platt bulworth

#22 — Oliver Platt as Dennis Murphy in Bulworth (Warren Beatty, 1998)

Once a film about politics swerves toward satire, there’s a hope and expectation that it will be simultaneously revelatory and prescient, especially if the cinematic endeavor in question comes from one of Hollywood’s more revered figures. The fourth film to formally credit Warren Beatty as director eagerly viewed as precisely that sort of astute, forward-thinking examination of the nation’s ruptured system for identifying worthy public servants. Even at the time of its release, Bulworth seemed to be missing its target, in part because Beatty couldn’t entirely split the narrative away from his own ego, making it deeply unclear whether or not the embattled senator he played was in the midst of a delusional meltdown or a warped visionary epiphany. That uncertainty could be the most fascinating element of the film, if not for the fact that Beatty — serving as director, co-writer, and star — himself couldn’t seem to figure it out.

While Bulworth is muddled (I won’t even get into the clumsy considerations of race), there are flares of insight, most notably in certain performances around the corners of the story. There is no better representation of what the film could have been than the performance of Oliver Platt. Playing Dennis Murphy, the chief strategist in Senator Bulworth’s troubled reelection campaign, Platt conveys the desperate artificiality of U.S politics, as ugly then as it is now, which is turn goes further to explicate the horrid toxicity of the system than all of the more overt bloviating that fills the rest of the film. Arguably the most important piece of Platt’s performance is contained in his earliest scenes, before candidate Bulworth starts on his raucous descent. When all is normal (although a supposedly sure march to reelection is foundering somewhat), Dennis is already in a state of supreme agitation. He barrels into rooms, hyper-vigilant to slights, fraying efficiency, and other signs of minor trouble. Attuned to the anguish and need of politics, Dennis billows with negative energy. He could be said to bracing for the worst, except that he won’t slow down enough to take the hit. No matter how much the train’s wheels screech, they won’t cease their dreaded forward momentum.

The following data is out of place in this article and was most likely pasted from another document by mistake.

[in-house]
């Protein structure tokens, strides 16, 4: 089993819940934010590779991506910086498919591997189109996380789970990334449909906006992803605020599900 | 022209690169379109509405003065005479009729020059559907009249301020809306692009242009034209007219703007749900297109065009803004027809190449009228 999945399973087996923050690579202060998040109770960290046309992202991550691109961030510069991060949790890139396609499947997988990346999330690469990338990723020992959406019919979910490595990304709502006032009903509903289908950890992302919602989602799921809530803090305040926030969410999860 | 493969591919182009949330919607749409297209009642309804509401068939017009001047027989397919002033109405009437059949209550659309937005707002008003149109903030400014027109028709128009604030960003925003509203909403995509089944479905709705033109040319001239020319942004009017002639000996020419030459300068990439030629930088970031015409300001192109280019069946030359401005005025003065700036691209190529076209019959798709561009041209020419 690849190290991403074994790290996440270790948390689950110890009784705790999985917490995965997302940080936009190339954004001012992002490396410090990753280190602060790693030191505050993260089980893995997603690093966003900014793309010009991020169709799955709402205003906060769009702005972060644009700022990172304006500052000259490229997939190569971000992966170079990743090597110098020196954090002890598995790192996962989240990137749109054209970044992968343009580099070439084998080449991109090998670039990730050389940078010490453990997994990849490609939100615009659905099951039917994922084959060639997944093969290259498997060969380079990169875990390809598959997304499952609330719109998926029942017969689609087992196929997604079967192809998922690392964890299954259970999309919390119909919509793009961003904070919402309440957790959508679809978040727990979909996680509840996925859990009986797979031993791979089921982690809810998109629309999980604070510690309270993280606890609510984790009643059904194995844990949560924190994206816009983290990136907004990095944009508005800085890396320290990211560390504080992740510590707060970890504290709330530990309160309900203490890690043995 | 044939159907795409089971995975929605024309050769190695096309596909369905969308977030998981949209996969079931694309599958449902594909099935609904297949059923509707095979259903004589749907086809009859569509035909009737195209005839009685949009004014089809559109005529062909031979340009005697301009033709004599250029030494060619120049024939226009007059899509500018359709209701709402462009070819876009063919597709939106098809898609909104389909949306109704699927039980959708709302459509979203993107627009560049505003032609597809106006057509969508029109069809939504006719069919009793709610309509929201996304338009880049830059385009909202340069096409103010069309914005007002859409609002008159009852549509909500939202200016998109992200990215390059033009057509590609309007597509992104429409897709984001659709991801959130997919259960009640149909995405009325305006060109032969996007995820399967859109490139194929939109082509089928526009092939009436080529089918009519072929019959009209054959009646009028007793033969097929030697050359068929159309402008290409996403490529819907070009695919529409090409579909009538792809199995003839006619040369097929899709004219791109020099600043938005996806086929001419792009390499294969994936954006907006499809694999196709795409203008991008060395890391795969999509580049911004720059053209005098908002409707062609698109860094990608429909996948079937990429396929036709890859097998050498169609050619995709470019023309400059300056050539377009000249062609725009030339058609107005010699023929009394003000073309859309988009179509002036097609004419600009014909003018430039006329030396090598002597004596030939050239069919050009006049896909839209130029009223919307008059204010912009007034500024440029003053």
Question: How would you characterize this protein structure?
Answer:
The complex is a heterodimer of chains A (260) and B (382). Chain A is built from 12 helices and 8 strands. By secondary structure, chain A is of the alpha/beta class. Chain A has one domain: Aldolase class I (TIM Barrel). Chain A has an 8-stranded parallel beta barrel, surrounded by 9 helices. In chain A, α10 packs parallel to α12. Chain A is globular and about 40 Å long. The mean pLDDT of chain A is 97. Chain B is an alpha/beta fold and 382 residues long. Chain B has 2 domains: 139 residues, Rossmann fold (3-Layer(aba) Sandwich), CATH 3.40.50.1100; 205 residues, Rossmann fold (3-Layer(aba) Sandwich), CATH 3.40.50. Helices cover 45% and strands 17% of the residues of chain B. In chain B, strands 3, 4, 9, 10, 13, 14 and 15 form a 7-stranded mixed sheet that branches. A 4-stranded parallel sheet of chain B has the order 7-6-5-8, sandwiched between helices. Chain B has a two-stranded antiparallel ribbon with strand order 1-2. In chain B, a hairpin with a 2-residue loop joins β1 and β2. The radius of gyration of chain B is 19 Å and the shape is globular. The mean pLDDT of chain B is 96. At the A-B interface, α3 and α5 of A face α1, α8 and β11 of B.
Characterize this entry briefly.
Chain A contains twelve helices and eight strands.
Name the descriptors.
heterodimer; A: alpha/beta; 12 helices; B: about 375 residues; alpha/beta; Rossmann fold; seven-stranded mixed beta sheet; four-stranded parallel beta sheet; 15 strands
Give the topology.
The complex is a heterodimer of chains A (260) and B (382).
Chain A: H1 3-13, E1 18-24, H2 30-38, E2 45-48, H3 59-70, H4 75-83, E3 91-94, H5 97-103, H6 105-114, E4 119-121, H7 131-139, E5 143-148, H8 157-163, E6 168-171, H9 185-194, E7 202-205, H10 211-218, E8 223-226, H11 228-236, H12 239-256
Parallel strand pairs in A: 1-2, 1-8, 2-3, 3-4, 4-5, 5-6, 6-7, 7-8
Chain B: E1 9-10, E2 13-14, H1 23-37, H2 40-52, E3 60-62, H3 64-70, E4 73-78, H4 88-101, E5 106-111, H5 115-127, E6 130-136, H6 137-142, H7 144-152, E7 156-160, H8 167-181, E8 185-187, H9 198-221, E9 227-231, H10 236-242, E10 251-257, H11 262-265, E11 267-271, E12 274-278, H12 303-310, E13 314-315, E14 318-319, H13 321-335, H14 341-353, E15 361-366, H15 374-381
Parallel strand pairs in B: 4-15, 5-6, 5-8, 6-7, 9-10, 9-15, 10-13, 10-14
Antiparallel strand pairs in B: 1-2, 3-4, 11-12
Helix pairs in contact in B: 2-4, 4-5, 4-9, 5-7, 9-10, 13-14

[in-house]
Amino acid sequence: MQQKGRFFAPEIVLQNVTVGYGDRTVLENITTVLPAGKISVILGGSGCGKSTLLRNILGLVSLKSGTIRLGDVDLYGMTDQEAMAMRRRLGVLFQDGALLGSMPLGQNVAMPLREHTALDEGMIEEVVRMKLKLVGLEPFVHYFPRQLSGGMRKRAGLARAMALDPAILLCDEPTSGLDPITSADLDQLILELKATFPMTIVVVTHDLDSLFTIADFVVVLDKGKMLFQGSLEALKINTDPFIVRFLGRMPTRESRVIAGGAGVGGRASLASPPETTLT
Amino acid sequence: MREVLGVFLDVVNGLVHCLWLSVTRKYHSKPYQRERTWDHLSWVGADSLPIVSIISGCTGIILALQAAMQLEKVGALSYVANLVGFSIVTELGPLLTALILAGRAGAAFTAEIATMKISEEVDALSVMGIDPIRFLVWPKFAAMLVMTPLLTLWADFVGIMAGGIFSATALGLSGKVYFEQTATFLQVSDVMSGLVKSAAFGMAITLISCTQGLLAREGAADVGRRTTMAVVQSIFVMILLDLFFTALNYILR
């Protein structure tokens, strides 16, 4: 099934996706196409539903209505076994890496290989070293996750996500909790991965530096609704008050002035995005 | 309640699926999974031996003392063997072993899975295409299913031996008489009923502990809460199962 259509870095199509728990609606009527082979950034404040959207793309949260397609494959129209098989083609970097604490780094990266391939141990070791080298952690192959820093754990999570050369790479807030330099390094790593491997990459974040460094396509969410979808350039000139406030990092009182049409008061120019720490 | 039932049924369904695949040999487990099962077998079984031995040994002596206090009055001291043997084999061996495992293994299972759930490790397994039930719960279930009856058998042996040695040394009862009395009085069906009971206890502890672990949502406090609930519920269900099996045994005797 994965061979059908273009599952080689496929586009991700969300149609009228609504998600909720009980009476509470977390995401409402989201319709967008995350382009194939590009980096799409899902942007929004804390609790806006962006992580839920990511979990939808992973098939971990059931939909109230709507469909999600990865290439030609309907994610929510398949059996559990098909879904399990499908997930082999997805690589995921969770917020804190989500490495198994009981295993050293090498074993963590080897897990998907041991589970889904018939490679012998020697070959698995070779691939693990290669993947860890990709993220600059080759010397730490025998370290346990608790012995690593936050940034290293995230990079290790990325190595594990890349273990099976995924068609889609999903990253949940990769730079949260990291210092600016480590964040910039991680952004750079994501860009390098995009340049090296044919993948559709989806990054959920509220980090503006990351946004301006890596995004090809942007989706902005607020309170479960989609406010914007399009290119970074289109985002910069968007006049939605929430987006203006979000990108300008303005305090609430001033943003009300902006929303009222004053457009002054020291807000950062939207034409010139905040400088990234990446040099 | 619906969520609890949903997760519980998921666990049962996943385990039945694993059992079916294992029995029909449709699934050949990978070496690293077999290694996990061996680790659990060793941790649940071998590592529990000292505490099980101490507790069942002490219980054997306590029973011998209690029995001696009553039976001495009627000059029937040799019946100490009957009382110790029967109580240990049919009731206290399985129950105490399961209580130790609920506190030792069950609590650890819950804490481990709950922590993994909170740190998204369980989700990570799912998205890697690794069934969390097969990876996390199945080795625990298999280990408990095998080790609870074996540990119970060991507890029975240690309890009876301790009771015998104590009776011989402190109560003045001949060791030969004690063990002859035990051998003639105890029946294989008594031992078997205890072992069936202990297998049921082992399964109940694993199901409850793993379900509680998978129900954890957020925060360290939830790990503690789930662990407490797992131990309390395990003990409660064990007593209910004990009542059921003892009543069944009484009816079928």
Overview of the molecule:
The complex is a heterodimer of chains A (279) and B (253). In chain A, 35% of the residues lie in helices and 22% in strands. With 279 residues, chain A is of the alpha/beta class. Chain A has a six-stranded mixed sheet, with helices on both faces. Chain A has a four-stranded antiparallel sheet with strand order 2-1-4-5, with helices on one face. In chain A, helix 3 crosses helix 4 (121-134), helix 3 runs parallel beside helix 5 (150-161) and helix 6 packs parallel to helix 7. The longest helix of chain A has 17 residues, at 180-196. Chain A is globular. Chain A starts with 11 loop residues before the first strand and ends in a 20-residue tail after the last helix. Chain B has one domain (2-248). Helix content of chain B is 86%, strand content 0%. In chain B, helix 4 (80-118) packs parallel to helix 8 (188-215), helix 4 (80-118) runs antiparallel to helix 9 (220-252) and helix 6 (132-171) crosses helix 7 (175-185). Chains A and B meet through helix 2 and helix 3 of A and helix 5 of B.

Since Dennis carries the burden of signaling to the audience the precise dire level of Bulworth’s transgressions against campaign decorum, Platt spends a significant amount of the film, at least through the first half or so, in a reaction mode. In one of the script’s key conceits, Bulworth’s mental collapse neatly coincides with the presence of a film crew, charged with filming a day of campaigning in what is expected to be a dry civics lesson, drained of drama in true C-SPAN style. That means Platt needs to veil his mounting panic at the disastrous wildness of his candidate, doing his level best to project an air of chipper dullness to counteract the unpredictable bottle rocket Bulworth has become. He’s allowed only the briefest flicker of fearful confusion before needed to shift into a state of public relations vigilance. In the performance, Platt excels at these rapid shifts.

The tension of holding all his disparate emotions and instincts in precarious balance inevitably leads to Dennis’s own destructive swirl. The impeccable balance Platt brings to entire performance remains in evidence, as he somehow indulges in heated emotions while keeping a level of wise control, as if Dennis’s instinct for shrewd oversight provides just enough of a dampening effect. As opposed to his political charge, Dennis bends but does not fully break. Therein lies the film’s most astute political observation: for all the tumult in the field, there is nothing quite as usefully stabilizing as a stalwart survival instinct.
Previously….

About Greatish Performances
#1 — Mason Gamble in Rushmore
#2 — Judy Davis in The Ref
#3 — Humphrey Bogart in Casablanca
#4 — Kirsten Dunst in Eternal Sunshine of the Spotless Mind
#5 — Parker Posey in Waiting for Guffman
#6 — Patricia Clarkson in Shutter Island
#7 — Brad Pitt in Thelma & Louise
#8 — Gene Wilder in Willy Wonka & the Chocolate Factory
#9 — Jennifer Jason Leigh in The Hudsucker Proxy
#10 — Marisa Tomei in My Cousin Vinny
#11 — Nick Nolte in the “Life Lessons” segment of New York Stories
#12 — Thandie Newton in The Truth About Charlie
#13 — Danny Glover in Grand Canyon
#14 — Rachel McAdams in Red Eye
#15 — Malcolm McDowell in Time After Time
#16 — John Cameron Mitchell in Hedwig and the Angry Inch
#17 — Michelle Pfeiffer in White Oleander
#18 — Kurt Russell in The Thing
#19 — Eric Bogosian in Talk Radio
#20 — Linda Cardellini in Return
#21 — Jeff Bridges in The Fisher King

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